Like most of you, I’m sure, I greeted the recent unsigned Times op-ed piece by a senior member of the Rump administration with unadulterated glee. It painted a gratifyingly ugly portrait of dysfunction, secret rebellion, and presidential madness that confirmed what most Americans already suspected — that Rump is an out-of-control cretin whose aims, many of his advisors privately agree, must be thwarted for the good of the nation. The situation is so bad, the anonymous senior staffer wrote, that several of his or her colleagues actually considered invoking the Constitution’s 25th Amendment, which provides the vice president with the power to take over the government in the event the president can no longer function in the role by reason of illness, either physical or mental.
My merriment was cut short, however, by the New Yorker’s Masha Gessen, who pointed out why the anonymous op-ed piece was nothing to celebrate. Gessen, a fiercely intelligent and fearless writer, was born — and lived much of her life — in Russia. She has said she was “probably the only publicly out gay person in the whole country.” The mother of three moved to the US in 2013 after Russian authorities began floating the idea of taking children away from their LGBTQ parents. Unlike Rump, she is not a fan of Vladimir Putin.
“Only the day before the Op-Ed was published,” Gessen writes, “excerpts from Bob Woodward’s new book, ‘Fear,’ added to the ever-accumulating picture of chaos, mendacity, fear, embattlement, and contempt for the President even within his senior staff. But, while the content of the anonymous Op-Ed is not newsworthy, in the sense of providing new information, the fact of its publication certainly is.”
Focusing on the fact that the op-ed writer is anonymous, Gessen points out that this is precisely the problem: “While this may be the country’s salvation in the short run, it also plainly signals the demise of some of its most cherished ideals and constitutional norms. An anonymous person or persons cannot govern for the people, because the people do not know who is governing.”
“I don’t doubt the editors’ serious intentions,” Gessen goes on, “though I happen to disagree — the content of the Op-Ed does not strike me as newsworthy. But that’s not the point. The thing about autocracies, or budding autocracies, is that they present citizens with only bad choices. At a certain point, one has to stop trying to find the right solution and has to look, instead, for a course of action that avoids complicity. By publishing the anonymous Op-Ed, the Times became complicit in its own corruption.”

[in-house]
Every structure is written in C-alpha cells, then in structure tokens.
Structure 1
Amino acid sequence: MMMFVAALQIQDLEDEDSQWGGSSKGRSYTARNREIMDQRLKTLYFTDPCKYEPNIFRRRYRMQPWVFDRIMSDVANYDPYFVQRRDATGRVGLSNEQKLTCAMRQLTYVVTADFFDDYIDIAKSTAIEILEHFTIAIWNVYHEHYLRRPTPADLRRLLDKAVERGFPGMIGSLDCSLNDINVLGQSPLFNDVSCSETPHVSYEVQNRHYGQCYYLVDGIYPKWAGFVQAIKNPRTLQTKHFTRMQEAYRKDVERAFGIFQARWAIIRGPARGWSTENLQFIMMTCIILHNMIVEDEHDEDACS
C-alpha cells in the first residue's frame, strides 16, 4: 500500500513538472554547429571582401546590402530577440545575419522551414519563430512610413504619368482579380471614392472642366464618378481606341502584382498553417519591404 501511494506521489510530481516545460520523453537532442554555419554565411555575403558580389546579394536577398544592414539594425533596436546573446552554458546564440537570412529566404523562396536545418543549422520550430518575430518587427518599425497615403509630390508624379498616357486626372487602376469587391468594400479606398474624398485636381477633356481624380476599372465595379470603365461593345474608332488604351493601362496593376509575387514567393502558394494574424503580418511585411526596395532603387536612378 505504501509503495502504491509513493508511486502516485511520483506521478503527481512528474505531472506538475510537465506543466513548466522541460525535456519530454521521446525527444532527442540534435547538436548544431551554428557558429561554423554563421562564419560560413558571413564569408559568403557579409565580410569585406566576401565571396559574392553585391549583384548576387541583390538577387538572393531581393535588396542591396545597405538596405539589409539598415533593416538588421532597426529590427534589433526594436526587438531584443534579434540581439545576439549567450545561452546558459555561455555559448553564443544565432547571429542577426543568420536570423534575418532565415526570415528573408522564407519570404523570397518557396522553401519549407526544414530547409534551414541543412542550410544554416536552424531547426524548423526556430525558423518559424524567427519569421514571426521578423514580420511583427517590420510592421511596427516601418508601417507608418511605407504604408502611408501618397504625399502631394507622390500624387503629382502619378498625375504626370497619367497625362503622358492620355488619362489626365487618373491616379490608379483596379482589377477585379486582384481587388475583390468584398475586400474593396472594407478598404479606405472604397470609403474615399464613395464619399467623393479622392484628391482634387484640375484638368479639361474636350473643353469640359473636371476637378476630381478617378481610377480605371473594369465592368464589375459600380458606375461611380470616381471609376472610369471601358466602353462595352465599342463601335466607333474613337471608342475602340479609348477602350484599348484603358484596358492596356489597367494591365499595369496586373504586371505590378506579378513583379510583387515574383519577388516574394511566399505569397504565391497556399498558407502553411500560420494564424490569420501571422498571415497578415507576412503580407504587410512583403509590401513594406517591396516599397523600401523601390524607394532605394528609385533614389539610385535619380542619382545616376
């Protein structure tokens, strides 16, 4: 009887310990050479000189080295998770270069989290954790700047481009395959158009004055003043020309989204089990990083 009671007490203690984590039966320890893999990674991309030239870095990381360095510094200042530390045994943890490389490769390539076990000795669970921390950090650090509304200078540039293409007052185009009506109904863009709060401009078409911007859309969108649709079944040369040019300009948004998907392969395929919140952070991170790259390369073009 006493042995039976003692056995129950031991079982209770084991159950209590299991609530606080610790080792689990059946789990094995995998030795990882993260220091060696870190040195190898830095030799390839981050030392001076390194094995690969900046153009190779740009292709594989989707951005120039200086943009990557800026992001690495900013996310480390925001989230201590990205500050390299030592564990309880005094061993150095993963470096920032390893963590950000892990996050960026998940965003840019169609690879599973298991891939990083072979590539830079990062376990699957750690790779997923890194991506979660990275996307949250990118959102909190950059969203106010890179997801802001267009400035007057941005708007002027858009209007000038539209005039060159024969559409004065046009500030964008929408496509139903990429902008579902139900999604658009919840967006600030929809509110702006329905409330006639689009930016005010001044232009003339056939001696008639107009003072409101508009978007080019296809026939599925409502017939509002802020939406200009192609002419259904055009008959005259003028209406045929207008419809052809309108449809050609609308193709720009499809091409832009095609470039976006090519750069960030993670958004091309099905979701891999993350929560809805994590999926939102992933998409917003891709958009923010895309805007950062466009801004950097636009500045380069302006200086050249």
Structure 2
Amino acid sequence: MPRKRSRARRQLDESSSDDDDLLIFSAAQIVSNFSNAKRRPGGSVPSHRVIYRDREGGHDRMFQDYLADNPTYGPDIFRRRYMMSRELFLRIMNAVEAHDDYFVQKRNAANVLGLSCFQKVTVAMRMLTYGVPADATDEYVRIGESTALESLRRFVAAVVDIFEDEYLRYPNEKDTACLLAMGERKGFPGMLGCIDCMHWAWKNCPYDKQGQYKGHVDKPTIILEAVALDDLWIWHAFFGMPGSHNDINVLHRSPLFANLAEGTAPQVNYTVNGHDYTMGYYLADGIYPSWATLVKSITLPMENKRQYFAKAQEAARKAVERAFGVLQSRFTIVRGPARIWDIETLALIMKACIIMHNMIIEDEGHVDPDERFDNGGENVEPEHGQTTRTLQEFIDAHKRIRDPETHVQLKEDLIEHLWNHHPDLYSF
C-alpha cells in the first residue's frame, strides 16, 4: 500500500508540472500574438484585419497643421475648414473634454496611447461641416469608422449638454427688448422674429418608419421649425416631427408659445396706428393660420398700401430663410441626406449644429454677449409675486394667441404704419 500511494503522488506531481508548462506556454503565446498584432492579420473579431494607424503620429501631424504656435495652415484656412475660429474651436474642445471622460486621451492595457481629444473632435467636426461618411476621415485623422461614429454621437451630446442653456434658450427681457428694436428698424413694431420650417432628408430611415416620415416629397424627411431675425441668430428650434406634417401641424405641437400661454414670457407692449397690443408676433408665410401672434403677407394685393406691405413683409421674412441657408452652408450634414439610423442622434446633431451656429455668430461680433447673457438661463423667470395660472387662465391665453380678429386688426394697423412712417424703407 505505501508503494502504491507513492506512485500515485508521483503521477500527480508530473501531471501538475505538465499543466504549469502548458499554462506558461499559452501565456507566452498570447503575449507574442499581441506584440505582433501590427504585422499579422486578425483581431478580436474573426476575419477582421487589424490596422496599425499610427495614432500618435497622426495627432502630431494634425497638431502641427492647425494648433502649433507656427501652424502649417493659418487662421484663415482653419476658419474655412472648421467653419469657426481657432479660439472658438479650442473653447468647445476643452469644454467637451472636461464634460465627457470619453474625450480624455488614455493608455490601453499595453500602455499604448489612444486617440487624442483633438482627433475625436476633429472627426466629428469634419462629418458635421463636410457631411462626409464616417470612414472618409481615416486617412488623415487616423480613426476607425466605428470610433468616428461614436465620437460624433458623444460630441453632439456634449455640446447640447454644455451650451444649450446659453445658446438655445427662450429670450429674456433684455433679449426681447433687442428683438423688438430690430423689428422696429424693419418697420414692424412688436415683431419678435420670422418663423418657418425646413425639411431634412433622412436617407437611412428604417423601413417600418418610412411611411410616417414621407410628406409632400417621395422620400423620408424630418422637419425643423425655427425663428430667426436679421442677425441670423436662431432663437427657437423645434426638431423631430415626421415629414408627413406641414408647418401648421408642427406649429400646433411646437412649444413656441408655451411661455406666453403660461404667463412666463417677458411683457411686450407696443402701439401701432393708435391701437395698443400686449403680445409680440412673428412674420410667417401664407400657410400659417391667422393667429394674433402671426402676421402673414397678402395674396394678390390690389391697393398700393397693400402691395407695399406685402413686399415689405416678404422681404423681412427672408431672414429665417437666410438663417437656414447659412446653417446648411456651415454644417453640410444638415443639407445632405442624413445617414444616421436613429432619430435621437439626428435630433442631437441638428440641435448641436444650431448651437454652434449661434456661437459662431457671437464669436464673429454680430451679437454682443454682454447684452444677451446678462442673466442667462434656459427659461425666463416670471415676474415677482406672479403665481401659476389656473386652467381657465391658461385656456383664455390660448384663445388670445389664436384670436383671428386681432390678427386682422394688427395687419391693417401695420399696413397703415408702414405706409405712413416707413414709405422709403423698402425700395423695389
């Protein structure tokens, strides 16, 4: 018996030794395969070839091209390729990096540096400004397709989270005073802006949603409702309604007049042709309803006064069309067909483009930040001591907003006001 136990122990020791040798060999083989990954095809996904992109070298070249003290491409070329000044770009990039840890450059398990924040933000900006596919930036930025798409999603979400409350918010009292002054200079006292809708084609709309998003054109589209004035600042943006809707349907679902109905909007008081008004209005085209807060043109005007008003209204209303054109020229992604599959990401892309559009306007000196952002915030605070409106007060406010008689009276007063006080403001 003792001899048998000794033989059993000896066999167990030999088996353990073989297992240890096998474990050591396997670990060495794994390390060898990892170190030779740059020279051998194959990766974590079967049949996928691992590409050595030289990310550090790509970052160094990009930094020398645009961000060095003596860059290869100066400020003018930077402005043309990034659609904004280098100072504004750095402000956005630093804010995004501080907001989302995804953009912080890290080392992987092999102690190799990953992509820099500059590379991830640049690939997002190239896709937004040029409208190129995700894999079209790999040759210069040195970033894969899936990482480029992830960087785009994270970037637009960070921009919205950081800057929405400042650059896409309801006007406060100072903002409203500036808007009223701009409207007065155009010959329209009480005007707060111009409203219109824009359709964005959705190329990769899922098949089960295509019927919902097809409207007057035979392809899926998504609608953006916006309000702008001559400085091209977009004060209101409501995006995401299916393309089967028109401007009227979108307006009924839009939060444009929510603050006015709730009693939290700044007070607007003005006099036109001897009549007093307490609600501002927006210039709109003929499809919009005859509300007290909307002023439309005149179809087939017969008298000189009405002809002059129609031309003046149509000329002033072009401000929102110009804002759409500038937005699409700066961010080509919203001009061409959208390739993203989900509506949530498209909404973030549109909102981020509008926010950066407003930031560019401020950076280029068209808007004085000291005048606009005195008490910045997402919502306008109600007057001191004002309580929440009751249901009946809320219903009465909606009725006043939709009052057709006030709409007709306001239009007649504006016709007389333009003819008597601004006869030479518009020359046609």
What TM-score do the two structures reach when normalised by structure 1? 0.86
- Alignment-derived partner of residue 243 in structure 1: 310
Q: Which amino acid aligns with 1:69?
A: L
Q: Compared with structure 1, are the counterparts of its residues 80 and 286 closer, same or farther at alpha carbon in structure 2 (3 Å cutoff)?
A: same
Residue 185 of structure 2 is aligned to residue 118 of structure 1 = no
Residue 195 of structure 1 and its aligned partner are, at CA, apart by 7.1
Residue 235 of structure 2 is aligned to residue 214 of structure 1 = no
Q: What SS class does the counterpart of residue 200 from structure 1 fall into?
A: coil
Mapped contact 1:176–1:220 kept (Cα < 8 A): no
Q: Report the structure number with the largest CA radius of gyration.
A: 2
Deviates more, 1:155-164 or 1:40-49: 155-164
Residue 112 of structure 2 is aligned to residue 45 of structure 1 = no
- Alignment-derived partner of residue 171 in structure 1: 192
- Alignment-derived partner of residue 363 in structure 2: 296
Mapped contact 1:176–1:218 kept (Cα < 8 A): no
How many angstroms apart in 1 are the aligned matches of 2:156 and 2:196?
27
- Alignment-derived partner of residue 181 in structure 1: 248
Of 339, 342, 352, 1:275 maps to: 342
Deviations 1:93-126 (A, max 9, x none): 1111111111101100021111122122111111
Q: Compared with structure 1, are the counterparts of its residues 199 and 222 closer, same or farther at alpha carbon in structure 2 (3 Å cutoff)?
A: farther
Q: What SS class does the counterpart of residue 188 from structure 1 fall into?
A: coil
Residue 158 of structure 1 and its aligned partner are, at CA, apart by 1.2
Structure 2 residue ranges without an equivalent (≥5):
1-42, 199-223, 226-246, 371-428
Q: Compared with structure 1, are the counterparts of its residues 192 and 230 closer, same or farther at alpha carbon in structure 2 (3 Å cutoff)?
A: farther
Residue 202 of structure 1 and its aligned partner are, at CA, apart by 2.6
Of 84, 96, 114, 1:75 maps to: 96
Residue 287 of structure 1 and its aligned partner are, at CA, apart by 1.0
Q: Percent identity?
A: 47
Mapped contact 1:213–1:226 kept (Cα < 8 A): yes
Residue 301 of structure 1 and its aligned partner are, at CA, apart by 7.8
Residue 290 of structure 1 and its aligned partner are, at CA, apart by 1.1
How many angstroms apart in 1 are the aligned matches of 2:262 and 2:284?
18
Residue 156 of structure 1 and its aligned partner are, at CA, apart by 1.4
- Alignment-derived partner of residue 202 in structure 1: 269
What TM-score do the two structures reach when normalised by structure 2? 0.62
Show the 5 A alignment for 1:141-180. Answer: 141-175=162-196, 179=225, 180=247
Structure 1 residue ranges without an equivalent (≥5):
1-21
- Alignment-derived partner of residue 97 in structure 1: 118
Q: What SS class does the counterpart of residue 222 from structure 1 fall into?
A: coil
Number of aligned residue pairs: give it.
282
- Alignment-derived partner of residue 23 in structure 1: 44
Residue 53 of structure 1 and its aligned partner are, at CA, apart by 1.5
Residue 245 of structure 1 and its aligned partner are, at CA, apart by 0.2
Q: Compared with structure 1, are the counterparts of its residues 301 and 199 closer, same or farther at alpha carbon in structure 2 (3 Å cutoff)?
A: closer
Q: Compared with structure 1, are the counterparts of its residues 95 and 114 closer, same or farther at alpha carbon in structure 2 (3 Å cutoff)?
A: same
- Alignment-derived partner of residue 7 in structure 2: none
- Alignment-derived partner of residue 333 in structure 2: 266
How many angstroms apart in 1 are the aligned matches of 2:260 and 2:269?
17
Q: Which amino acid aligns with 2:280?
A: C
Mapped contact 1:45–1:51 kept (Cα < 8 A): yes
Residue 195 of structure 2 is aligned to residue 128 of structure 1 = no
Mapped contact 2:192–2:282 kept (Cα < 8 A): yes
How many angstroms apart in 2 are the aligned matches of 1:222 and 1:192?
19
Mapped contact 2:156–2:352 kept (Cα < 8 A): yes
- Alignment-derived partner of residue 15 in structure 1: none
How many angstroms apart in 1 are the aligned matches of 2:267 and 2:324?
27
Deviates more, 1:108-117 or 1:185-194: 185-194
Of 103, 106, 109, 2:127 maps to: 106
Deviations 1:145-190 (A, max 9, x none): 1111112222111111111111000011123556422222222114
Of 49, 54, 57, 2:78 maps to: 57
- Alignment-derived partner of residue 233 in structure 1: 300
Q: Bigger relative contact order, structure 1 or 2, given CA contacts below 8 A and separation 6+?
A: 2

This was the moment that turned my already-fading joy into Mother’s sick headache. (I’m Mother.) Gessen is right; the manifest content of the op-ed is not news. Every non-crank account of this White House presents a portrait of incompetence, chaos, and corruption. I’d argue, though, that what makes it newsworthy is the fact of its existence, the claim that a secret group of senior staffers is deliberately trying to thwart Rump and his agenda, a claim made by one of the conspirators. I’m hoping that this inner circle has a secret handshake. A secret handshake would, as they say, be awesome.
Gessen continues: “The media are being corrupted every time they engage with a nonsensical, false, or hateful Trump tweet (although not engaging with these tweets is not an option). They are being corrupted every time journalists act polite while the President, his press secretary, or other Administration officials lie to them. They are being corrupted every time a Trumpian lie is referred to as a ‘falsehood,’ a ‘factually incorrect statement,’ or as anything other than a lie. They are being corrupted every time journalists allow the Administration to frame an issue, like when they engage in a discussion about whether the separation of children from their parents at the border is an effective deterrent against illegal immigration. They are being corrupted every time they use the phrase ‘illegal immigration.’”